For Siza, designing a first watch wasn’t about reinventing the wheel. “[I wanted to design] this watch to look like a watch, in the same way that a chair should look like a chair and a car should look like a car,” he says. And that’s exactly what he did. Cauny 3 Siza’s design fuses the architect’s clean lines and crisp curves with the tradition of the company’s wristwatches.
Founded in 1927 in La Chaux-de-Fonds, Switzerland, by three brothers who settled in the town after fleeing Poland during the First World War, Cauny is renowned for its commitment to attention to detail. For the Swiss firm, 89-year-old Siza’s creative process was enlightening. “We witnessed the enormous creative vitality, the speed of thought, the freedom in drawing, the incessant curiosity, the rigour with which he takes care of every detail,” says Cauny’s director Filipe Costa Almeida.
With delicate hands, a steel dial and an Italian leather strap, Cauny and Siza have created a simple, high-quality timepiece. The legacy of Swiss horology has been combined with Portuguese architectural prowess, making for a design that’s sure to inspire its wearer to be on time.
In the course of his 50-year career, Israeli industrial designer Ron Arad has collaborated with the likes of David Adjaye and Kathryn Gustafson. His latest partnership with Italian timber company Alpi has seen him reimagine some of his classic pieces.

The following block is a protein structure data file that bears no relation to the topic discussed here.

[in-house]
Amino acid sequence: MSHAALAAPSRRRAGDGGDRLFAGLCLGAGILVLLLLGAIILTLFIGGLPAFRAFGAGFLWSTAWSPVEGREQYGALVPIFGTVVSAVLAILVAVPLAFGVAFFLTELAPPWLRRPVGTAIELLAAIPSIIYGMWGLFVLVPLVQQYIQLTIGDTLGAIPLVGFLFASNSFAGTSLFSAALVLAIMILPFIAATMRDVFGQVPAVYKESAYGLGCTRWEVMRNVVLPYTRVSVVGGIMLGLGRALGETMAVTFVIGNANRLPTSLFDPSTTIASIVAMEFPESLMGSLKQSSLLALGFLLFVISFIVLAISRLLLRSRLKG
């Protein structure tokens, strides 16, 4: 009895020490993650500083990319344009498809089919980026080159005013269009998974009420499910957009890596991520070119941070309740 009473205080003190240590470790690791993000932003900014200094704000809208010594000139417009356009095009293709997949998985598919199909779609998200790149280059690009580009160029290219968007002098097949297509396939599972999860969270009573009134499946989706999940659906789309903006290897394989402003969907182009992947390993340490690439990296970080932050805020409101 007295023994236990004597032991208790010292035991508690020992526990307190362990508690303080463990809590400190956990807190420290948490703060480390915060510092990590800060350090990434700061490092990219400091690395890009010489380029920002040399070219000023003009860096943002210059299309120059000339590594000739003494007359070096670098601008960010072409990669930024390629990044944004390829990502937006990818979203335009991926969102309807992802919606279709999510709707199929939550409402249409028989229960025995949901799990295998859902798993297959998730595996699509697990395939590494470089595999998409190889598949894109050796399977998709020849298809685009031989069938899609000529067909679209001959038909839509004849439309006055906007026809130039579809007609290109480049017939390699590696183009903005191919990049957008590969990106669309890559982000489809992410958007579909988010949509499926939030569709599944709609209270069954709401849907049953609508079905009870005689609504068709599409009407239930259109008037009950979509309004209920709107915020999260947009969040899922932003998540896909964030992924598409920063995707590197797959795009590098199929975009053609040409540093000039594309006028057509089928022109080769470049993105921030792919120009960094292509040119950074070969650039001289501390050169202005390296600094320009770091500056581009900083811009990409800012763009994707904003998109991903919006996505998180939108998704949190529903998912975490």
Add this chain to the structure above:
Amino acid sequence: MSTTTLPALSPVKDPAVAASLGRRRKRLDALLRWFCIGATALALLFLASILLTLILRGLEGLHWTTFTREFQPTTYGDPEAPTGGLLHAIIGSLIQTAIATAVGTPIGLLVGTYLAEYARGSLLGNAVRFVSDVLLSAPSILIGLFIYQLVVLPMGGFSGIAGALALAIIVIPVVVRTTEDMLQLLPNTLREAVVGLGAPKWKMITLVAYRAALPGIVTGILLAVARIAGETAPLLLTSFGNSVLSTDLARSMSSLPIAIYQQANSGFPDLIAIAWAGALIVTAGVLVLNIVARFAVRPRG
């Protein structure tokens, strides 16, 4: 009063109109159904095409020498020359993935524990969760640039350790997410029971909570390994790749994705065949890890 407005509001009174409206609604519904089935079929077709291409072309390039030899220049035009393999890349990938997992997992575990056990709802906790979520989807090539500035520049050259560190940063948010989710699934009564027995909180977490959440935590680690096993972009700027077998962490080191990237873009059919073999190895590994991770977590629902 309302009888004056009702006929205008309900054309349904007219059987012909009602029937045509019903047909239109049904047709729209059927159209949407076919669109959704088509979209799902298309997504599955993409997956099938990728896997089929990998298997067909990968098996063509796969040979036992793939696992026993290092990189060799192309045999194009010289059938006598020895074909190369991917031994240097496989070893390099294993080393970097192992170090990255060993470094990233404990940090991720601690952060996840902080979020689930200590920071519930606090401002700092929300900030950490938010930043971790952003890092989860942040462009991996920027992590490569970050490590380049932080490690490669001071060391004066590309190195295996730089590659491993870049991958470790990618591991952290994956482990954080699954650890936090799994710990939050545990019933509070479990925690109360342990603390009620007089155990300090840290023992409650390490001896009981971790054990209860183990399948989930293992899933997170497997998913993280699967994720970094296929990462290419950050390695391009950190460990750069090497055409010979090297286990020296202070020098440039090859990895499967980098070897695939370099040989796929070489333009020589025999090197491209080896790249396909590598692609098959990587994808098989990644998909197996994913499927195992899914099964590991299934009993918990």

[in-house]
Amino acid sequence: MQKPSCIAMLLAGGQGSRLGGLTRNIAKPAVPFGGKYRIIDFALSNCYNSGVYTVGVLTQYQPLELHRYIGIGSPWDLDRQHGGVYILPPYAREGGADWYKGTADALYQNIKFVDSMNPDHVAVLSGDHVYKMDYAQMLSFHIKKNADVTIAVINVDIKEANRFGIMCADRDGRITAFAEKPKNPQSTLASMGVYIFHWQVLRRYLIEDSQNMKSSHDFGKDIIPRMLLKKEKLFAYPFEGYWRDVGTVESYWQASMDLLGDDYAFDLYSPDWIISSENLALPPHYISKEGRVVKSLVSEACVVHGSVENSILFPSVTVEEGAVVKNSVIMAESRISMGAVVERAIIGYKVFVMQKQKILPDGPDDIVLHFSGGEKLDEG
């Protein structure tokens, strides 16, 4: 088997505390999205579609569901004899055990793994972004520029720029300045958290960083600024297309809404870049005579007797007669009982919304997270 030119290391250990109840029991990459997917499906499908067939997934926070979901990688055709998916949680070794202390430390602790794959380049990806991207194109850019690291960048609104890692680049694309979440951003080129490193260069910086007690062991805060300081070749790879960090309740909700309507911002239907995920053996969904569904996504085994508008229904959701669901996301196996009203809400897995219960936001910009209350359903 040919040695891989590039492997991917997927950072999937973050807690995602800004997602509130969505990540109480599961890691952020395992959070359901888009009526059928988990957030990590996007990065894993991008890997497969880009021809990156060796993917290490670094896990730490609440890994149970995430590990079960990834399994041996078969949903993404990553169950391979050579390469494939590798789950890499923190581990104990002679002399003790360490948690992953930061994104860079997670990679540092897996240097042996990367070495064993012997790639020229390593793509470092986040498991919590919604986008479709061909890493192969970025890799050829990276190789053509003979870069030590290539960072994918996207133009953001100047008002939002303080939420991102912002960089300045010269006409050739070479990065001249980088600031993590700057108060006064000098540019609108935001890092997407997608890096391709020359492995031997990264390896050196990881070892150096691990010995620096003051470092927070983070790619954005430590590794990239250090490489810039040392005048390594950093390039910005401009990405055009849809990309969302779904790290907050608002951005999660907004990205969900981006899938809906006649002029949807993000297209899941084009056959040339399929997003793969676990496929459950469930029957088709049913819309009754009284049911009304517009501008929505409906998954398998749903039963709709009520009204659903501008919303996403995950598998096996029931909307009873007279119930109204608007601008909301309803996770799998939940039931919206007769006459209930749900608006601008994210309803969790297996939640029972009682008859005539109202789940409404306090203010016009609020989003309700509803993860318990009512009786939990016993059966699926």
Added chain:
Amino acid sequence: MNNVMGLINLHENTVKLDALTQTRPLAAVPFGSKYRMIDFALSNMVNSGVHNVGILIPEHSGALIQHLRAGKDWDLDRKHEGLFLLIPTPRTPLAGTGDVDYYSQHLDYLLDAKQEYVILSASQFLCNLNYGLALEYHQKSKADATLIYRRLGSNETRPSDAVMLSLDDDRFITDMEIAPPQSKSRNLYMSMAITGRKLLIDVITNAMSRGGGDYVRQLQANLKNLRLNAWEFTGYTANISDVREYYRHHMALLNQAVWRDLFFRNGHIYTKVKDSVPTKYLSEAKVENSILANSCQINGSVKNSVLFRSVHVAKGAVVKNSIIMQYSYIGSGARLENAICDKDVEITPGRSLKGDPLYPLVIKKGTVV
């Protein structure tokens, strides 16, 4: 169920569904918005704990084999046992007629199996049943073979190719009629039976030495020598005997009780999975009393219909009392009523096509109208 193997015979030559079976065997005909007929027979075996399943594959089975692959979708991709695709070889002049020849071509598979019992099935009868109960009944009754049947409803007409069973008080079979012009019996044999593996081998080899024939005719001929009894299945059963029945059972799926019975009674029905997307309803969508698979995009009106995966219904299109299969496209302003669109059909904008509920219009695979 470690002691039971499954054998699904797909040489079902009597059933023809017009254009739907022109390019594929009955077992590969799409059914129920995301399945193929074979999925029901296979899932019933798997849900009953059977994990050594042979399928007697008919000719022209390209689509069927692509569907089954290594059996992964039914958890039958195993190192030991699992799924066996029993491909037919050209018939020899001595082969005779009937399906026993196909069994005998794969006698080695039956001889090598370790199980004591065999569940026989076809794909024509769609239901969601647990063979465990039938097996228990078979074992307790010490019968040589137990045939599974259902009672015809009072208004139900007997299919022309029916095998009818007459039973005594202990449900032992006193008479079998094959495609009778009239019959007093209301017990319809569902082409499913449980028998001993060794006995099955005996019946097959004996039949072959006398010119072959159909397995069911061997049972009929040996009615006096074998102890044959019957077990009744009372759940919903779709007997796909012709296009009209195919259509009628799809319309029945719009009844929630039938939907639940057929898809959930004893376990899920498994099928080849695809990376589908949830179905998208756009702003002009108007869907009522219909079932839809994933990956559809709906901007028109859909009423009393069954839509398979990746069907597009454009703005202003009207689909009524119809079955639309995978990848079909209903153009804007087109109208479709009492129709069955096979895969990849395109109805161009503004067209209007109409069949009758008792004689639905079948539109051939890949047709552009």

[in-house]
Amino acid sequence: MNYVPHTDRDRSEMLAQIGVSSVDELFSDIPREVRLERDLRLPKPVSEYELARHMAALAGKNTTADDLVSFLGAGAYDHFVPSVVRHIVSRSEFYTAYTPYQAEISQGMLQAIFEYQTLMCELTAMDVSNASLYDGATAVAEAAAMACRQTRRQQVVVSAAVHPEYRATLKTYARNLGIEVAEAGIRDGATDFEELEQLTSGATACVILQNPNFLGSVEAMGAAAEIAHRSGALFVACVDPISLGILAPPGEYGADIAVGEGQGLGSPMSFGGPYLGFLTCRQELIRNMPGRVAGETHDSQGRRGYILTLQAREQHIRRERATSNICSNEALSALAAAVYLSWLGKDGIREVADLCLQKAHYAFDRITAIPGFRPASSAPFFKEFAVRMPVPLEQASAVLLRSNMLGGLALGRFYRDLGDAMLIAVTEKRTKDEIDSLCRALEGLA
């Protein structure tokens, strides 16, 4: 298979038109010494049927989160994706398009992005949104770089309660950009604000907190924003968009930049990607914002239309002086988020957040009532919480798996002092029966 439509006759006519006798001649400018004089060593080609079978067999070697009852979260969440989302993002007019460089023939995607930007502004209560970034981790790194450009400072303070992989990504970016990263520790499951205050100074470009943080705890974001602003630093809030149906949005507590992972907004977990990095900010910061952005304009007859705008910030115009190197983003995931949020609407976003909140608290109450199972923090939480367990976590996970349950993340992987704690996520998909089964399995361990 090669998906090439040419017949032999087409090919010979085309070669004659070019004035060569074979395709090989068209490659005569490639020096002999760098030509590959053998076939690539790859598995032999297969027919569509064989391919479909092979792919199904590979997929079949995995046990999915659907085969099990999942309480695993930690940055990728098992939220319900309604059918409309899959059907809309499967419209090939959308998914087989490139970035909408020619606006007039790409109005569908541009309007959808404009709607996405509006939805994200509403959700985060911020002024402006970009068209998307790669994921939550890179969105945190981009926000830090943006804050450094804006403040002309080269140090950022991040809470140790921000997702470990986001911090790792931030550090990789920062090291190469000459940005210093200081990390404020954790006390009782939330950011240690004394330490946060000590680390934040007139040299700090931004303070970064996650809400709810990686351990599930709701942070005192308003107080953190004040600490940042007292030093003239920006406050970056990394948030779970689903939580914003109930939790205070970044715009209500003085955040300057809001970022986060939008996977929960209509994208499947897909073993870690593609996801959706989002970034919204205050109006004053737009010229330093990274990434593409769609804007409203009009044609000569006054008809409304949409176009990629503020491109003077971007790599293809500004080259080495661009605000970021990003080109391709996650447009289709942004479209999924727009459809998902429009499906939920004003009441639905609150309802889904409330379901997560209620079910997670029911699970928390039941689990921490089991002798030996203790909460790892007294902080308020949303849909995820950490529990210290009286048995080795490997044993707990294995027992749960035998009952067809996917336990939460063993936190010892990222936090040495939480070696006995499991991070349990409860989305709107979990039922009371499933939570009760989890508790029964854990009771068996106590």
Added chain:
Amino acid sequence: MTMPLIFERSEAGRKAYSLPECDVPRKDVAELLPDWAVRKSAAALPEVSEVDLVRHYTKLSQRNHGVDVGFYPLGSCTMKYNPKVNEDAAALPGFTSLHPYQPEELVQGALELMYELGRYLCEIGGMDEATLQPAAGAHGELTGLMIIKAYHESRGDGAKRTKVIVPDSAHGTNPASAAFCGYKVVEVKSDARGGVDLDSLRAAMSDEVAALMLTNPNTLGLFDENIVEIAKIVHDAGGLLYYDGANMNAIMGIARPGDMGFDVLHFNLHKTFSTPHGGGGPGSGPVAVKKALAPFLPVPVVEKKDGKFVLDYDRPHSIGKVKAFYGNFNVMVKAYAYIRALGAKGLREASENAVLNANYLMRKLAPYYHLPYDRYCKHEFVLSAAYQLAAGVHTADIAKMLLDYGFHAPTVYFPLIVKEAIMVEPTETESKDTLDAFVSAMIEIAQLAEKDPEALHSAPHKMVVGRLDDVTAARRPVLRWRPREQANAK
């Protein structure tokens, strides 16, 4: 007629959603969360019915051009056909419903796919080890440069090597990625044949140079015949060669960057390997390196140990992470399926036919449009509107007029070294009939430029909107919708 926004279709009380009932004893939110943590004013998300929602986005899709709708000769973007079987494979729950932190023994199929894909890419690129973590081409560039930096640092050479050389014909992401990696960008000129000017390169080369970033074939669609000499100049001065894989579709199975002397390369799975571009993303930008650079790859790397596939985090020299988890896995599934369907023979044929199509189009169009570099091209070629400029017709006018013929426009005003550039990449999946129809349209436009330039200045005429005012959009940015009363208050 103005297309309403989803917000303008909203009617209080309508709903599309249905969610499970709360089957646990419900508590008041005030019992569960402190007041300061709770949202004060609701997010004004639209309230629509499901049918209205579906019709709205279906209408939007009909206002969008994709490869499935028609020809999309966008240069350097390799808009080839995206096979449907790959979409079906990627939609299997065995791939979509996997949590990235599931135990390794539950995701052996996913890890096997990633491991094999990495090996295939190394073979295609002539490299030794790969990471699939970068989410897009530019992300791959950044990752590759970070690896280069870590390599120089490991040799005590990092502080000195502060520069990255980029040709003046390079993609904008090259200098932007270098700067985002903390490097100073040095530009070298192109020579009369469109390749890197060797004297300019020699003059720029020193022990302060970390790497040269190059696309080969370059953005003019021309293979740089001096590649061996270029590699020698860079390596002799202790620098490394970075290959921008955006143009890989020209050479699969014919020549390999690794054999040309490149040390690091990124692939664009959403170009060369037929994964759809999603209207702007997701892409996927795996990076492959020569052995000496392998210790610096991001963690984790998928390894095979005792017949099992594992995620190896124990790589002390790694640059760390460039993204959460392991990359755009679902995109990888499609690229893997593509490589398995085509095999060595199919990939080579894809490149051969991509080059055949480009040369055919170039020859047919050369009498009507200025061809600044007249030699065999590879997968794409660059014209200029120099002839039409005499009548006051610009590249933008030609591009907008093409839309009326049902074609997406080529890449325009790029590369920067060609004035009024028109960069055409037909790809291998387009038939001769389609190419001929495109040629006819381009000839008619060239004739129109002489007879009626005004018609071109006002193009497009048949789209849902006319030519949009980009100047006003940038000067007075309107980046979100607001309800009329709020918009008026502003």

This collaboration is all about exposing the interior structures of your furniture. What prompted this approach?
When it comes to joints or formwork, we often cover them up. But in the process of making, I have often observed that the armature of a structure can be quite beautiful. So why hide it?
Is there a particular method you use when determining when to expose these details?
No. I’m not saying that every structure is beautiful. But we do have a choice in how we look at things and you can determine when it is beautiful.
You have always worked with different craftspeople who specialise in different materials. Why do this?
When I started out, I learnt how to weld but the last thing I wanted to do was become a craftsman. I once had a show called No Bad Colours with the logic that all colours are good – it just depends on what you do with them. It’s the same with materials. There are no bad ones and I will work with them all.